Mental health, when it comes right down to it, is the capacity to ‘let go’. It’s as simple as that. We could also say that mental health comes down to the capacity to risk – it’s the same thing. Without this capacity we slowly but surely choke ourselves. We cut ourselves off from the oxygen of reality and suffer greatly as a result. We become alienated and abstracted, isolated and insulated, disconnected and dissociated. We end up unhappily existing in a sterile mind-created world which is all promises but no follow-through, all desires but no satiation – we become ‘Pretas’, we become ‘hungry ghosts’. Because we can’t let go (because we don’t want to lose what we falsely imagine ourselves to have) we end up being the embodiment of impoverishment, and the more inwardly impoverished we feel the more desperately we grasp for some kind of substance (or solidity) as a result…
Because we can’t let go, we are forced to go down the road of investing in some mind-created structure or other, and this is where all our problems begin. We invest and invest, we invest for all we are worth, but the benefits are only on the short-term. We’re actually investing in something that is absolutely bound to let us down in the end and so of course the only benefits are going to be on the short-term! Not only is it the case that the ‘advantages’ we obtain as a result of adopting the strategy of ‘holding on’ are strictly short-term in nature, it is also the case that they are going to be subject to the well-known ‘law of diminishing returns’. We put more and more in and get less and less out as a result, until eventually we reach the point at which we are allocating just about all of our available resources simply to maintain the status quo, simply to stop things getting worse, simply to stop things going ‘pear-shaped’.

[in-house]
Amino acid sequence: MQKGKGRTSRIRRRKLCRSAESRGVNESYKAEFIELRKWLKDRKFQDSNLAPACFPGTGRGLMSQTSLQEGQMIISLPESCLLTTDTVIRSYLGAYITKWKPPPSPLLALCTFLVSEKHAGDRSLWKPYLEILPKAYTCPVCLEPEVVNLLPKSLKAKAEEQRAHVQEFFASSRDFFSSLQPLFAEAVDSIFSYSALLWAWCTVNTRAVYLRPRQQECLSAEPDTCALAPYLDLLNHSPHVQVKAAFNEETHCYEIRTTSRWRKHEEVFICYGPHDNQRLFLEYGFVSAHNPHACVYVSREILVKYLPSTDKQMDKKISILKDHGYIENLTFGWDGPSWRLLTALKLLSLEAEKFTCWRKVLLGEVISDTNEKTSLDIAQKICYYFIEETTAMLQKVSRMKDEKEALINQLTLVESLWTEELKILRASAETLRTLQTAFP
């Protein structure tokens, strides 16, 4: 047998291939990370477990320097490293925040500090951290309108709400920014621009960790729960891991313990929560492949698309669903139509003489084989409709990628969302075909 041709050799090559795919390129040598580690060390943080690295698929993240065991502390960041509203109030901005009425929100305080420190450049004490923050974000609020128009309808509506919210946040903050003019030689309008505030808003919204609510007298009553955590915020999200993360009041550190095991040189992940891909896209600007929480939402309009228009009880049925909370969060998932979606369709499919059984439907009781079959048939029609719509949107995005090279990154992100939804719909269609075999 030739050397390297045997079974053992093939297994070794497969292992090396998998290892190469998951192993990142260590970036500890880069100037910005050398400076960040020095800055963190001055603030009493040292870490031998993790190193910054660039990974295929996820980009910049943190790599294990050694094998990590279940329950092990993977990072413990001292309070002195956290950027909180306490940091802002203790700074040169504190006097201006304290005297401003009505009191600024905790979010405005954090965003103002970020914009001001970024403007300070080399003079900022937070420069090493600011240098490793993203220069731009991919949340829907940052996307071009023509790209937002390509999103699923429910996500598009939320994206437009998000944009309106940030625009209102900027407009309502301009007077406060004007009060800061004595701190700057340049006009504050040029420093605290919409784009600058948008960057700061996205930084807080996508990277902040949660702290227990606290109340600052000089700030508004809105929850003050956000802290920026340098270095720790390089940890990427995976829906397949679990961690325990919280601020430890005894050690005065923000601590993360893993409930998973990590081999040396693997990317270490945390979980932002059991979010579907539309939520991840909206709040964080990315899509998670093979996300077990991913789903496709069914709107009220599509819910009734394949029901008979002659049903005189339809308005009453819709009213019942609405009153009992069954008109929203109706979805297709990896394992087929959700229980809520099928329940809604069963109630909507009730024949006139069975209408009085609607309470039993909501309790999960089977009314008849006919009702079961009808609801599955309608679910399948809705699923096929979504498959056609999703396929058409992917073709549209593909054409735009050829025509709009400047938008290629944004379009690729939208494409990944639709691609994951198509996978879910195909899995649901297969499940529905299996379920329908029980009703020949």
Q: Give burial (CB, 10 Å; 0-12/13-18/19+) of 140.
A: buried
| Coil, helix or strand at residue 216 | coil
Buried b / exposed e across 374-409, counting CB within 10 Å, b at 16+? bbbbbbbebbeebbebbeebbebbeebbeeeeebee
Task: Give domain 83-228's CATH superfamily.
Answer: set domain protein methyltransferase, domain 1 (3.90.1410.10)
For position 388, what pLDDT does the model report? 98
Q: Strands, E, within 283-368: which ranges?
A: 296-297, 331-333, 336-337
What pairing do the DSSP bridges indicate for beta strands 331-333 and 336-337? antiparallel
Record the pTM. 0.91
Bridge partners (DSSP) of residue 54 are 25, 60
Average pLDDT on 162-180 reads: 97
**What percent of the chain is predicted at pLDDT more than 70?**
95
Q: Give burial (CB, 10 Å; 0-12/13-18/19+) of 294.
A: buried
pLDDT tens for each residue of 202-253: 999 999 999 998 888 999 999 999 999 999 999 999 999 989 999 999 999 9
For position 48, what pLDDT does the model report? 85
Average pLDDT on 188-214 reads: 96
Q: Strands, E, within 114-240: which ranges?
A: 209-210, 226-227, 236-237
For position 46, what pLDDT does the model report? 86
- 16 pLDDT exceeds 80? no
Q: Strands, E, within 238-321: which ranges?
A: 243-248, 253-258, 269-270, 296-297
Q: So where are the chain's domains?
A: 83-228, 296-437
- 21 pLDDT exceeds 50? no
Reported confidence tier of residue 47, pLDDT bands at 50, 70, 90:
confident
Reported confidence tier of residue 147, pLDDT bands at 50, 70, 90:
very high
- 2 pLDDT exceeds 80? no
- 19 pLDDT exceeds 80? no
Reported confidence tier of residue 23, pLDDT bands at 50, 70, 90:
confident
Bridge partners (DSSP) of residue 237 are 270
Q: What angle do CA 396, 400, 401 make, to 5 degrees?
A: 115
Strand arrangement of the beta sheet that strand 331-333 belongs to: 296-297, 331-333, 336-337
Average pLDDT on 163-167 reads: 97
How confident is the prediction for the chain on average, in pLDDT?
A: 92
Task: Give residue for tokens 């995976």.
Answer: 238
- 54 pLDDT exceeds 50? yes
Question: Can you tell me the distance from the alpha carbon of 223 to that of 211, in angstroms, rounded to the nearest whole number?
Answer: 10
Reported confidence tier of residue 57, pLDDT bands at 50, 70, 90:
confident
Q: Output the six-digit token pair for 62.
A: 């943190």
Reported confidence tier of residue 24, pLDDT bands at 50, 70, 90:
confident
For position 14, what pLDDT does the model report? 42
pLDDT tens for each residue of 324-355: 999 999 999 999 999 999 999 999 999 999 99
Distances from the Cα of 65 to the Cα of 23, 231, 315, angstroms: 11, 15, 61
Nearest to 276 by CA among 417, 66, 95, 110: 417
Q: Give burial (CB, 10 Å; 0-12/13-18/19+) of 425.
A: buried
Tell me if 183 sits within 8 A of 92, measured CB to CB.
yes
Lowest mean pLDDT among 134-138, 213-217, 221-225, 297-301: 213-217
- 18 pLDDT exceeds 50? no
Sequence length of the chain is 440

And even this unhappy state of affairs is not the end of it – at some point or other the tide of our fortune is going to turn against us and our situation is going deteriorate even with all of the effort that we are putting in. Things are going to slide out of control; our ‘empire’ – for what it’s worth – is going to crumble. It isn’t that the situation is deteriorating despite all our best efforts – its deteriorating because of these efforts. Our decline, our unhappy situation, our suffering, is being directly fed by our efforts – we are feeding the very thing that is dragging us down. We are pumping all of our energy into ‘the system of denial’ and this system is inevitably going downhill – there really was no other outcome in store for it no matter what we might deludedly have thought. It was ‘going downhill’ right from its very inception – we just didn’t see it. There was never any other way for it to go.
We lose all clarity on the matter right at the moment we start investing in the construct because part of the ‘investing’ process is that we can’t allow ourselves to see things in any other way than the way we have decided to see them. Because we have decided that ‘hanging on to stuff’ is the way to go we are bound to look upon the ‘maximization of security’ as the golden rule, even though what we are so intent on securing for ourselves is the very thing that is going to go downhill (rolling faster and faster down the inexorably entropic slope), and drag us with it. We’re locked into the path of denial and this means that we are going to be denying the truth of what is happening to us even as it does happen to us. We will persist in our folly to the last…